There is just a ton of stuff you can learn. You can search for any issue, any speaker, any chairman, and kind of compare everything. I just sometimes use it for fun but it is really like I honestly learned a lot just going through cleaning and putting together the data both in Excel, but also I learned a lot about the Senate and the justices. So I think sometimes just listening and watching and reading history is really important. We do not have enough of those quiet moments now and I do not think society encourages it so much but quiet research is super, super underrated and for me just for personal gratification.

Juliette: That is I do not know. It is so cool just to think that all of that can be turned into numbers something else that makes sense. If you do not have time to exactly go back and look at all which does seem a worthwhile way to spend your time because observing how they act, how they interact with each other. That shift is interesting. I think it is cool that you did that.

Shoshana: Oh, thank you. It is not cool, it is nerdy but it is cool. I like doing this kind of stuff. I do not know. I also just do not like having limits. So even if I do not know something, I will often teach myself how to do something just because I want to know how to do stuff and a lot of times I will learn something in some spot and like learn how to apply that to another spot. So I do not know. It is fun also because I am a digital nerd and Supreme Court nerd and policy nerd.It was kind of cool to marry all of my nerdiness, you know?

Juliette: As a nerd, I appreciate that. I want to talk to you about your big fight of the moment the intense and bipartisan called to repeal section 230. I did an entire episode on Section 230 with Matt Feeny at Cato about sex. Yeah, he is great. He’s I learned so much and I think everyone learned so much but can you remind us what section 230 is and why it is in the eye of the storm right now?

Shoshana: So all section 230 says is that if someone posts on someone else’s thing the person whose thing they posted on is not liable. The person who said the thing is already liable and they are the only one who is liable. So if I tweet something illegal on Twitter, you could sue me if it related to you. If Twitter posts a Facebook comment like on Facebook, Twitter is liable because it is Twitter’s content. If Twitter post a warning label on Trump’s tweet, Twitter still liable, and if someone at Facebook posts a comment on the New York Times op-ed page like a comment underneath Facebook is liable. So it always maintains what we have the speaker is liable the place where they post is not liable. It is simple enough and it is how it things should work because like, you know, if you are a small platform you probably do not have resources to moderate. And, especially like newer platforms do not have those kinds of resources and sometimes people post awful things. So they, you know, if they post something illegal the platform should not be liable because it does not know what is there. And even if you know, it is there it is not easy to tell if something is illegal. Consider is that like things you know that stuff goes through courts if it’s liable if it’s some other illegal kind of content or court decides.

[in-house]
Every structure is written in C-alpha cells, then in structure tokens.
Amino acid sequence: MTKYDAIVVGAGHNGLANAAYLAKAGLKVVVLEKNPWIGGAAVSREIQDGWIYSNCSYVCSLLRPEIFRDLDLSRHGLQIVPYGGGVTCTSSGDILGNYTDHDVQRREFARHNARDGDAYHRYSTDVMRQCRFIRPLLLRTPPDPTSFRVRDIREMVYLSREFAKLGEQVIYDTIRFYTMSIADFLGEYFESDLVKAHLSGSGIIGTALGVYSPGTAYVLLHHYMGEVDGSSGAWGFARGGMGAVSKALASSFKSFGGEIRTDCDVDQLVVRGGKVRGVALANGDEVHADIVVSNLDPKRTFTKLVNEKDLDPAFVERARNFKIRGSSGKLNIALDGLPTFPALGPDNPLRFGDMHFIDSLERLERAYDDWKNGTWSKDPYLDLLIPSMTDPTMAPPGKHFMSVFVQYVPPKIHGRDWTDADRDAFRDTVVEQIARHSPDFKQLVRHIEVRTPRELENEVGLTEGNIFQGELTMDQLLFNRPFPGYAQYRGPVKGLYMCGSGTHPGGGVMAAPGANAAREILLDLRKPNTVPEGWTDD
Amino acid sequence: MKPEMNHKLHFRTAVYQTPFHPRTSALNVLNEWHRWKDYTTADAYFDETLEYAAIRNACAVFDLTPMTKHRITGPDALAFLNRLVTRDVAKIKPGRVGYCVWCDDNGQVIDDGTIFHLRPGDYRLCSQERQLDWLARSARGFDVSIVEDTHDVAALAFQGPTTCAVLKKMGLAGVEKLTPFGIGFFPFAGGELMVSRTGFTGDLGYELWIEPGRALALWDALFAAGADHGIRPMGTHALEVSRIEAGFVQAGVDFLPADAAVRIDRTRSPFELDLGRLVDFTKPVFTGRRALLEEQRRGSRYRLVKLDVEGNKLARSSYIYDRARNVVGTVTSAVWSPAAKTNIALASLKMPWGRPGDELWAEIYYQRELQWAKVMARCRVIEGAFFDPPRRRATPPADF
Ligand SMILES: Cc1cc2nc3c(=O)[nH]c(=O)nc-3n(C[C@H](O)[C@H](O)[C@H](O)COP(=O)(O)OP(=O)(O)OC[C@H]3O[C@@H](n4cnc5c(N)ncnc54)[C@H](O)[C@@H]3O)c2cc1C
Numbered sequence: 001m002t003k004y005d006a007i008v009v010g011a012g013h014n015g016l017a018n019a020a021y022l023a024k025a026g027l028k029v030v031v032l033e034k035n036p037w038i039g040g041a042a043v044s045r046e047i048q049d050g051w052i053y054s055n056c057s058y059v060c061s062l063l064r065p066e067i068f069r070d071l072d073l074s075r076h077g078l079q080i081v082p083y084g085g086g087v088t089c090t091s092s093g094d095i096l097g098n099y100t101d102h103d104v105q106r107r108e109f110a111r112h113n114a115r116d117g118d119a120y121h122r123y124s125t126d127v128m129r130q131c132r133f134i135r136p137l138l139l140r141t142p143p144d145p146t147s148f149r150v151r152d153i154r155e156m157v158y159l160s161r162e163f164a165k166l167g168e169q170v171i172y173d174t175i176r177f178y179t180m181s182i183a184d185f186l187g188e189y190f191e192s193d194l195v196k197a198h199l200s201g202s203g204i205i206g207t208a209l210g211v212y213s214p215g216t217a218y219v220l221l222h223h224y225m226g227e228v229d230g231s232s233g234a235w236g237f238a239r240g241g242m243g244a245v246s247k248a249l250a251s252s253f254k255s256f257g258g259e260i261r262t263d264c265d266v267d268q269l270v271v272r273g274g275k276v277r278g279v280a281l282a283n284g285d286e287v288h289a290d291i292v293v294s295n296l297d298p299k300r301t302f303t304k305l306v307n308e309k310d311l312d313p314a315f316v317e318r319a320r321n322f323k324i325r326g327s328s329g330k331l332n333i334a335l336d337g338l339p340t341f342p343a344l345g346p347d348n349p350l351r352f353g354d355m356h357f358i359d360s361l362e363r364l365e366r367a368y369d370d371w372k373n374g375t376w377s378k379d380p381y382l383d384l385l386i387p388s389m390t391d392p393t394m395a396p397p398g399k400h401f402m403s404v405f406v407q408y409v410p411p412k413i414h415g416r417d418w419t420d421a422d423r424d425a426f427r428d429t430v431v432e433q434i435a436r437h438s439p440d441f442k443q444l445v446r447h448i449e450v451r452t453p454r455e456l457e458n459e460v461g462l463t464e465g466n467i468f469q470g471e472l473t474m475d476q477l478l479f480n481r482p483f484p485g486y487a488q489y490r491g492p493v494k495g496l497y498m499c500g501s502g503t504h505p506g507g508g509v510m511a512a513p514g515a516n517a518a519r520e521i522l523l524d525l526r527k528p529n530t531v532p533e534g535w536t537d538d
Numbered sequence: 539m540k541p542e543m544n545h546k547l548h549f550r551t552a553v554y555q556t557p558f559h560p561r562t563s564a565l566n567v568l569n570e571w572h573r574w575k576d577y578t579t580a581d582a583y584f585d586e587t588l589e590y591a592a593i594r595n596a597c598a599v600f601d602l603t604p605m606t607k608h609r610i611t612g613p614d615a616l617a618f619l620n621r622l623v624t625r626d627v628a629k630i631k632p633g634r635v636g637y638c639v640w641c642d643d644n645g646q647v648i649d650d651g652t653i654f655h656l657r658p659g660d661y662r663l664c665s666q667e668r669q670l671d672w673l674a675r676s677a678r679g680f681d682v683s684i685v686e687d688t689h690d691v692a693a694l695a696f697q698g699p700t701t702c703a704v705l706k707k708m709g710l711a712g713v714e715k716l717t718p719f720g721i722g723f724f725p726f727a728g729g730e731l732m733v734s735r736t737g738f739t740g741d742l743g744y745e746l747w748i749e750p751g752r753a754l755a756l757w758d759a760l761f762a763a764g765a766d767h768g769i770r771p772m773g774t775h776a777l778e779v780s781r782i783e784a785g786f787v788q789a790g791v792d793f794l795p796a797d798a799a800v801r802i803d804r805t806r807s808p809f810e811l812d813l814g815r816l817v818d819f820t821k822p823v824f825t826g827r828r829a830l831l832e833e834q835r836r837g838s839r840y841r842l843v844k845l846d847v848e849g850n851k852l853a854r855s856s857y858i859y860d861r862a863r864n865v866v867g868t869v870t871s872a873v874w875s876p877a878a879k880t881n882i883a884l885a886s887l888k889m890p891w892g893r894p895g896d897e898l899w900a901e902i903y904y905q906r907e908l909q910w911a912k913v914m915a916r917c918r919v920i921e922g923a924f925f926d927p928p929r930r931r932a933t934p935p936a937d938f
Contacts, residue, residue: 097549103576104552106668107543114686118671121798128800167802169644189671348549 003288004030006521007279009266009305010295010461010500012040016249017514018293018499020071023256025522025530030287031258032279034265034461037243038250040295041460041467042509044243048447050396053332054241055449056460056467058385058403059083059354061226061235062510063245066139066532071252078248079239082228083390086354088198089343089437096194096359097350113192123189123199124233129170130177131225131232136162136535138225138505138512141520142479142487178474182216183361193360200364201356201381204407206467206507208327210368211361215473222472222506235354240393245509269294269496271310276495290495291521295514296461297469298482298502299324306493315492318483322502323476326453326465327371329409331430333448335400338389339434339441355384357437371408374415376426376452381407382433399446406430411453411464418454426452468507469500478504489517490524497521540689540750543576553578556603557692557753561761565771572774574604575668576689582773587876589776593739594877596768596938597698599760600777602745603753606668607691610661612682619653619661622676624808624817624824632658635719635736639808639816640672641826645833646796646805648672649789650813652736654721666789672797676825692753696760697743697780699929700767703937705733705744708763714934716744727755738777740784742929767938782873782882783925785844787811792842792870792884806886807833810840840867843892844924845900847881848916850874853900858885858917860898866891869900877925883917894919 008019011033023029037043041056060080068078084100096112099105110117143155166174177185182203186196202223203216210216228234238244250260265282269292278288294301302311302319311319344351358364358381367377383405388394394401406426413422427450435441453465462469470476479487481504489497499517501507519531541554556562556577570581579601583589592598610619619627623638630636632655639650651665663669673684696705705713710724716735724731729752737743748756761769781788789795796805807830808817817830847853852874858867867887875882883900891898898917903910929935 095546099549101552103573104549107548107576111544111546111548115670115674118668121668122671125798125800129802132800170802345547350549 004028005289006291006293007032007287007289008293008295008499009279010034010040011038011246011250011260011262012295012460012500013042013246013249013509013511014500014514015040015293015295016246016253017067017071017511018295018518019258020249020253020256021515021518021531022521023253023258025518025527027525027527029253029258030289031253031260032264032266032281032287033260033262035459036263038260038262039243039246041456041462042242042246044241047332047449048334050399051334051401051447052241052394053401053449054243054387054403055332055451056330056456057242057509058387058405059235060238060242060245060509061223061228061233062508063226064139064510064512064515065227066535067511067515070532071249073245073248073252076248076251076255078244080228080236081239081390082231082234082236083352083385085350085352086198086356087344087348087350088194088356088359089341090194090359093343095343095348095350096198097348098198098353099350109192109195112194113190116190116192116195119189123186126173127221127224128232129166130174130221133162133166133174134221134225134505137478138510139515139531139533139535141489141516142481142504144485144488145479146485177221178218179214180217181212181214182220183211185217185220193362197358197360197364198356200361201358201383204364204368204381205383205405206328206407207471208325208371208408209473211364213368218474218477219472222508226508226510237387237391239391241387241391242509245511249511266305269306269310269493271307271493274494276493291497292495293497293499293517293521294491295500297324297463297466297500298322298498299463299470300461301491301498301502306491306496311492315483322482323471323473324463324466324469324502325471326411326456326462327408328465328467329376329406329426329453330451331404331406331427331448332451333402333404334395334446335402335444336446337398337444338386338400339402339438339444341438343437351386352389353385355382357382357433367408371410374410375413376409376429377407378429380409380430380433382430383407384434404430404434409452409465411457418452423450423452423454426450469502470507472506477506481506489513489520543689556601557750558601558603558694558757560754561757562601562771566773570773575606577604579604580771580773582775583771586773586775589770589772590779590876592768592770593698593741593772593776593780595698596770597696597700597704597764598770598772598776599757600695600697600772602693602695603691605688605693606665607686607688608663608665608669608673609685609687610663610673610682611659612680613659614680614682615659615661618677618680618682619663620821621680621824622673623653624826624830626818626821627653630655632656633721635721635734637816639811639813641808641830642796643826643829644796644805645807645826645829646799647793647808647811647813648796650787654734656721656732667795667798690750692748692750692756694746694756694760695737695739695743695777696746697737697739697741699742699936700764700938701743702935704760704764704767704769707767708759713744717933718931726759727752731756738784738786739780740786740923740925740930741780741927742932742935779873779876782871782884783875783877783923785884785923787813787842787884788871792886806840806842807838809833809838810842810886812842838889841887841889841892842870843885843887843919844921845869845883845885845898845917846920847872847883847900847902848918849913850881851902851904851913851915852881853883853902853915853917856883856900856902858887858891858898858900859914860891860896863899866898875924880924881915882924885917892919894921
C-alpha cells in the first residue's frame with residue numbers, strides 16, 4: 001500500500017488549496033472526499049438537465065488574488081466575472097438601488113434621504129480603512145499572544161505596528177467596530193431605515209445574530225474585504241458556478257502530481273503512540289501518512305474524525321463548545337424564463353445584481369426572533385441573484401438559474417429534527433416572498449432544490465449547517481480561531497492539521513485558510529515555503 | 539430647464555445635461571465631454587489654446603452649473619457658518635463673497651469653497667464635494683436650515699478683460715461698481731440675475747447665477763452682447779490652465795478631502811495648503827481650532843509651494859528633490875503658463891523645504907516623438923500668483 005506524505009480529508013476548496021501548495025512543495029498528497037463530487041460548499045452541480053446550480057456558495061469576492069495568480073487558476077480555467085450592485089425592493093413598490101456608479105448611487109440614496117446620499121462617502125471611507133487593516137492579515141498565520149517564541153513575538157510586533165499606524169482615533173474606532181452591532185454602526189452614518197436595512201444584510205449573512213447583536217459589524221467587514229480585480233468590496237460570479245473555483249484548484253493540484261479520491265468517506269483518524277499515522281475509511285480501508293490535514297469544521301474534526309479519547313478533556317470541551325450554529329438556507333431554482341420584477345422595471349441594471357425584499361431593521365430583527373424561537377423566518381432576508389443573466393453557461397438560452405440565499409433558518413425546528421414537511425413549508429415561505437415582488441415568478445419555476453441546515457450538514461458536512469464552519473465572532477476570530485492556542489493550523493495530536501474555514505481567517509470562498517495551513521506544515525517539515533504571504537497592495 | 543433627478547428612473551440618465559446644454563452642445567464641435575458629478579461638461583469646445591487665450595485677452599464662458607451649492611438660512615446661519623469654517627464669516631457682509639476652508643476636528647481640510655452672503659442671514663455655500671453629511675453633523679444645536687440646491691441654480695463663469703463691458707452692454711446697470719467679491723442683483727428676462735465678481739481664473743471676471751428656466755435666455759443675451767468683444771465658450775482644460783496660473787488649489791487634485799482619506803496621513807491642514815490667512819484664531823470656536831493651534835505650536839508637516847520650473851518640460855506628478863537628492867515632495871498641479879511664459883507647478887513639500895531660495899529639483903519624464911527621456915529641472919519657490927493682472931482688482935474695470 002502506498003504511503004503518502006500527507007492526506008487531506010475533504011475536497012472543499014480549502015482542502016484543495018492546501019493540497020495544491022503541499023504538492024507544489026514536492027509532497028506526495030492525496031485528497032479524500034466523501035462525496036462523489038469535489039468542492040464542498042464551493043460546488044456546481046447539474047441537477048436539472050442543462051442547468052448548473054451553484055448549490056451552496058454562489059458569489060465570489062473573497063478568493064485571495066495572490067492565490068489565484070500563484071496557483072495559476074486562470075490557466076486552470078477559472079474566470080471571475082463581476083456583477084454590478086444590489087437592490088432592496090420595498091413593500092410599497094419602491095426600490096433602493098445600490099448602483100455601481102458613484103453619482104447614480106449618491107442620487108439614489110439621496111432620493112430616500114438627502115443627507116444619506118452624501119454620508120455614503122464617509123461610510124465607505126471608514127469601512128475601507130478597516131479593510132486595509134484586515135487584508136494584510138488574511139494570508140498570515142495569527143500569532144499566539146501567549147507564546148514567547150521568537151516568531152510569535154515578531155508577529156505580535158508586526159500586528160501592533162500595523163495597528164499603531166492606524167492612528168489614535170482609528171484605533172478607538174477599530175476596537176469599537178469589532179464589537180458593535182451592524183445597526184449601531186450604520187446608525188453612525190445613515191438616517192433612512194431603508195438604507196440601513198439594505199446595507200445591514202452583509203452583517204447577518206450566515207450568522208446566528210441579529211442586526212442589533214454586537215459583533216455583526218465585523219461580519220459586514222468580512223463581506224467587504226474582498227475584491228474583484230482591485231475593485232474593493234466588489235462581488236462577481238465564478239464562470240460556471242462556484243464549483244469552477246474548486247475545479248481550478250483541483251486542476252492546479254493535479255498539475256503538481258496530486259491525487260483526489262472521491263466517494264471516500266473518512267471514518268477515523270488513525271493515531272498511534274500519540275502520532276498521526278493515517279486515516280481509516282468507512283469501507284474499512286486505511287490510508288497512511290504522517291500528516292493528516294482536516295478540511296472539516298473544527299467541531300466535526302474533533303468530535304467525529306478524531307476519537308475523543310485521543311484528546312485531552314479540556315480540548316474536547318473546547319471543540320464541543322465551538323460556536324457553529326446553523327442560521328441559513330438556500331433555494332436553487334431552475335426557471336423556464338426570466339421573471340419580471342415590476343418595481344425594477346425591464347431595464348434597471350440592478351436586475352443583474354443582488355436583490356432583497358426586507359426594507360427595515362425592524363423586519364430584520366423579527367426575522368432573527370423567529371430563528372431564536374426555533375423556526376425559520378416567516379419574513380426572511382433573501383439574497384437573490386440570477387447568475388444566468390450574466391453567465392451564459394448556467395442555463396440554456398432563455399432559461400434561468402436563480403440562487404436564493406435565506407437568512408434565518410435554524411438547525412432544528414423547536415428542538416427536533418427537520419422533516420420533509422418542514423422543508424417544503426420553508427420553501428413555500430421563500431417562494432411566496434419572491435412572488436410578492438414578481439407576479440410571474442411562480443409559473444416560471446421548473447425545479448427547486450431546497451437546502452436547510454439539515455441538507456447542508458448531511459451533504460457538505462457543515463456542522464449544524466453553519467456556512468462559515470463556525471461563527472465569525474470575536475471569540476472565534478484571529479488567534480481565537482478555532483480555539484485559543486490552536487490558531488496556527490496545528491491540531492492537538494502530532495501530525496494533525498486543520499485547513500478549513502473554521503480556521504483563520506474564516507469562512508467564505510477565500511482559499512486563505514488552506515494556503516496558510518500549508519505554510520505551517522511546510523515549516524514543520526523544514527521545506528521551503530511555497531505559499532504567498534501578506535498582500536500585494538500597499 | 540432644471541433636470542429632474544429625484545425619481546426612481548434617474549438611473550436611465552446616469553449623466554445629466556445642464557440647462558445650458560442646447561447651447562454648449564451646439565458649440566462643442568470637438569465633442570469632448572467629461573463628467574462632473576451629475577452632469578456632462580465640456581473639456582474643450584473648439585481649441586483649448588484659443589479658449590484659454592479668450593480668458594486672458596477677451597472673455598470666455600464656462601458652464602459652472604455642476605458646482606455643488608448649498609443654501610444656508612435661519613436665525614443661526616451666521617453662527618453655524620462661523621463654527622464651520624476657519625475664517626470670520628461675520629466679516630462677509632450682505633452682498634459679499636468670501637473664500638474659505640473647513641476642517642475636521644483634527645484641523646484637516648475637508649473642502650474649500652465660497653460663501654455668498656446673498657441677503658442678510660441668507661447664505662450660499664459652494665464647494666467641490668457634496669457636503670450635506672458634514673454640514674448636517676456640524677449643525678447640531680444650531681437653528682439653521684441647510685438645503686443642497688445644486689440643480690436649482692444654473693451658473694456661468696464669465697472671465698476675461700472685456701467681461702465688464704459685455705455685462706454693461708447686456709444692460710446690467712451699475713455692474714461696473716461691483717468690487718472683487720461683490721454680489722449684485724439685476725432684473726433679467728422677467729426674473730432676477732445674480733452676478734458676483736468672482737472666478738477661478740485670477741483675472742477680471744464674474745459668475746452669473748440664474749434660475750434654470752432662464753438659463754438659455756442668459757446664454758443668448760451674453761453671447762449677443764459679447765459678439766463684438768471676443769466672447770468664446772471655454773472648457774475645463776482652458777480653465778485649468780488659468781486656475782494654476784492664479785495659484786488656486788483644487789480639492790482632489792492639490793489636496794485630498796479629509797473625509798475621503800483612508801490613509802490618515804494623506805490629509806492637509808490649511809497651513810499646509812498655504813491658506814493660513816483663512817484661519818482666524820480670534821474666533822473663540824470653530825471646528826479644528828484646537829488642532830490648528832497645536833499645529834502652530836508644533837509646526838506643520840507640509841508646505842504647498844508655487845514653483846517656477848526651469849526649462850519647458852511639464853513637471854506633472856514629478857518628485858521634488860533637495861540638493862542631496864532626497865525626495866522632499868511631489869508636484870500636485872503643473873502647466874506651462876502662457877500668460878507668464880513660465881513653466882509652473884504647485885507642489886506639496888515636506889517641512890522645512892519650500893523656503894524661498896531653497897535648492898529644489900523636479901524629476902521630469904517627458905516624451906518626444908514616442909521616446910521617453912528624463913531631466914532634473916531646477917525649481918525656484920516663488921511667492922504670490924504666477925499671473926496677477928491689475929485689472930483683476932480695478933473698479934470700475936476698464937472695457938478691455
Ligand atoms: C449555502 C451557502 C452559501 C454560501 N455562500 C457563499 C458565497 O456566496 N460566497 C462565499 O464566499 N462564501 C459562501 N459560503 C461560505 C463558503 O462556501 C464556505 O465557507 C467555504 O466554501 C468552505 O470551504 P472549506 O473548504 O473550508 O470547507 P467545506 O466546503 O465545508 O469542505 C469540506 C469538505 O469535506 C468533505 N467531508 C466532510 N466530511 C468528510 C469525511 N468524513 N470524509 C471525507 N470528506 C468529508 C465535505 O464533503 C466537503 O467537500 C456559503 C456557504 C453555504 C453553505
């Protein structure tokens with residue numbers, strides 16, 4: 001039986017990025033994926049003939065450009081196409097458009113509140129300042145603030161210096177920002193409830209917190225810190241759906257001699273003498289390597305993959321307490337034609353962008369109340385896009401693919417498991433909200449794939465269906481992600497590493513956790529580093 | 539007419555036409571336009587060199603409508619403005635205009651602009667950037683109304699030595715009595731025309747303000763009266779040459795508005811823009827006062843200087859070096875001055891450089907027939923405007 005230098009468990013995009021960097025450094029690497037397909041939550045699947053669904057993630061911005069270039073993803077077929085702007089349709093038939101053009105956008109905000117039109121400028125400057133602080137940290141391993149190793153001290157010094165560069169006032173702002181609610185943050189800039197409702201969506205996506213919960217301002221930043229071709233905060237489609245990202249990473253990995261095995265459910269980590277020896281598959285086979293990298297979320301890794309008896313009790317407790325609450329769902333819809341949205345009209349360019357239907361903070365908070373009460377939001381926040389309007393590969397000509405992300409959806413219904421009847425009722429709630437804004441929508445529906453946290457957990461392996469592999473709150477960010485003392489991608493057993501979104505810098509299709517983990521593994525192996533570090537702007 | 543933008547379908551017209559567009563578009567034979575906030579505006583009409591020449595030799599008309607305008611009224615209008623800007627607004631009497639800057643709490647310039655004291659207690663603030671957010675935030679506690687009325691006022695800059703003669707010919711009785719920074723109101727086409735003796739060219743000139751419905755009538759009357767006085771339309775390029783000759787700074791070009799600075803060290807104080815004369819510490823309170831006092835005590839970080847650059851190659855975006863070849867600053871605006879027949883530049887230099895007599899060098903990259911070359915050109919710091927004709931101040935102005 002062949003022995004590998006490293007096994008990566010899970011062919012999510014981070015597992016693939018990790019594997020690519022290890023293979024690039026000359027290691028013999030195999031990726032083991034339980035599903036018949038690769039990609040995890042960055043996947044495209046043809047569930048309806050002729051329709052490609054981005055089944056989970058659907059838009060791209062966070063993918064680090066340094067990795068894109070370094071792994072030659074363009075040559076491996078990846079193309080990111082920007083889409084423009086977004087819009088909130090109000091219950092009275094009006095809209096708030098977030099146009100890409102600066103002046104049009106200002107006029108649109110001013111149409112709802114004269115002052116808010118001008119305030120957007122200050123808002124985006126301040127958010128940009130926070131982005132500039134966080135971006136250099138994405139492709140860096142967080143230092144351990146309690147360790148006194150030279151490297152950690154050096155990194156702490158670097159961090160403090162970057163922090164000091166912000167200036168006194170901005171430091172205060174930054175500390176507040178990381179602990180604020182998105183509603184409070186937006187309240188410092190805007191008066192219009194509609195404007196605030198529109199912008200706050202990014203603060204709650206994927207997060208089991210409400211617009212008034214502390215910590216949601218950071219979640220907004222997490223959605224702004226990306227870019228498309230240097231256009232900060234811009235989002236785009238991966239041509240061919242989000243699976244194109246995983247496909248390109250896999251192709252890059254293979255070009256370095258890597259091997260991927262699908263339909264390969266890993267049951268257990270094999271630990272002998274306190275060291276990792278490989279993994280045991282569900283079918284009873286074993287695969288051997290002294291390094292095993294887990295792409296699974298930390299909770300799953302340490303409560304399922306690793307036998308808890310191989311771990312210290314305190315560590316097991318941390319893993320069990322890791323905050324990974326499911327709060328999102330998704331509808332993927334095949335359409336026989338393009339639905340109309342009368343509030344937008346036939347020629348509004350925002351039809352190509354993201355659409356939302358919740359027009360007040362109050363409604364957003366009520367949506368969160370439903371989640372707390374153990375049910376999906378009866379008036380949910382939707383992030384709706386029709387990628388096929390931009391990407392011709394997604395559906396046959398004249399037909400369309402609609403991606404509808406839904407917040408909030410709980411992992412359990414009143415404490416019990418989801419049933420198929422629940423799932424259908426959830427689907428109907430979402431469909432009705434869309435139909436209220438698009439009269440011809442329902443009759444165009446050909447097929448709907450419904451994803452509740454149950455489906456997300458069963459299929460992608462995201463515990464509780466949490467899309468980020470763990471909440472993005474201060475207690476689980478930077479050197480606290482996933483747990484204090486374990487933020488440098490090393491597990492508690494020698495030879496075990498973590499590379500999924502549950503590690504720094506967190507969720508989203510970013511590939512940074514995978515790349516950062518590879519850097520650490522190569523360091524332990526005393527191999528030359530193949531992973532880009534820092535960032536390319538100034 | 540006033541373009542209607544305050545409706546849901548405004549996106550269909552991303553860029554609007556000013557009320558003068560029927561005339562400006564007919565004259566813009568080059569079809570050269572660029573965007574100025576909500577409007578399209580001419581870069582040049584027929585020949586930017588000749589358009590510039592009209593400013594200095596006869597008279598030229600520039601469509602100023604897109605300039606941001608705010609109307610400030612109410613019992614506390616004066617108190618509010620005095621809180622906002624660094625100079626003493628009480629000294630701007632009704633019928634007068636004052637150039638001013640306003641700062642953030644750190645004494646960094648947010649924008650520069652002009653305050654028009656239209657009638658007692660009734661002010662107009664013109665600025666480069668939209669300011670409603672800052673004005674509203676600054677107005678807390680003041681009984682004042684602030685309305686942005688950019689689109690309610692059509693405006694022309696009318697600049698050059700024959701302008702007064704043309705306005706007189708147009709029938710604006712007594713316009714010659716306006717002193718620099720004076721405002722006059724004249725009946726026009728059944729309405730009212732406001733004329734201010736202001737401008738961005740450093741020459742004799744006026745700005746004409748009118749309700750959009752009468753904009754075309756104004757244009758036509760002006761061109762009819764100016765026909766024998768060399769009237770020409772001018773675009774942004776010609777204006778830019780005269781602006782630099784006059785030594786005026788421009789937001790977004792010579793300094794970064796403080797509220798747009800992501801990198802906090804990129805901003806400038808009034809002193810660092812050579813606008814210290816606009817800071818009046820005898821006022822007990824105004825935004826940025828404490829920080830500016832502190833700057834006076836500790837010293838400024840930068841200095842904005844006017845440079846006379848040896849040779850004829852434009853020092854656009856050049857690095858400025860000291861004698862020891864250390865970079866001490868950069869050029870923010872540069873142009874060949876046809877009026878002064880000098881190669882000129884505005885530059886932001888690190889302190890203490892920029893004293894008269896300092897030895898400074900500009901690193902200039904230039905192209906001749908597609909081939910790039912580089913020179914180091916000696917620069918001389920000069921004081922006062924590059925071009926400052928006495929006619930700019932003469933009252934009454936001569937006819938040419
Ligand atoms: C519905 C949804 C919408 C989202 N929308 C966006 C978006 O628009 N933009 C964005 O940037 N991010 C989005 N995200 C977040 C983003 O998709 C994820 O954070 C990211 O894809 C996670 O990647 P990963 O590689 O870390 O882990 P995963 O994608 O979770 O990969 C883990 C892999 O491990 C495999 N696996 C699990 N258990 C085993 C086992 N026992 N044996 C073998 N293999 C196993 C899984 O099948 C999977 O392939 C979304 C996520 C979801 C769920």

Some guy moderating website is not a judge and is not a court. He does not know how to do that kind of stuff and sometimes judges will disagree so it is not fair to put that liability on a platform for doing something just Herculean like that is insane. So that is one of the things and then even Facebook and Twitter. Yeah, they have tons and tons of sap they also have hundreds and hundreds of millions of posts. There was no way they can look at everything and get everything right every time and before we had 230 courts basically said, “Hey if you do not moderate, that’s cool. There is no way you have knowledge of the content so you are not liable. But if you try to keep your website family-friendly and you get rid of crap on it, and then there is some crap that you miss while you are trying to get rid of it. You are liable for it because we assume you saw it”. That seems that does not make any sense. The people doing the right thing get punished and beyond that just like everyone has different needs. All trails is a platform. I love where users it is like Wikipedia for hiking basically and there is also common so it is all user content.And, sometimes I’ll go hiking and I’ll check, “Hey are there bears out today?” and like in the comments I’ll be like, “Yeah, a bear chase me” and I am like, okay, I am renting some bear spray like that is really helpful. And that means I do not die in the woods that day.

On Zocdoc you can review doctors and like honestly I am I have tons of diseases and for years, I could not find good doctors who believe me. Who would try things with me who like cared but now I can just go look up reviews and they will say like, “Hey this doctor did not listen” or “This doctor was great. We work through everything, they have been trying different treatments. I feel listened to.” and I am like, okay and because of that I get way better doctors. I spend way less money. And doctors are incentivized to want to do the right thing and to be helpful and then I recommend those doctors so other people can find them. But without 230 online reviews have hecklers veto because all the doctor has to say is that is liable take it down or will sue you. Do not take it down. It is not worth it. So all reviews will be positive or fake.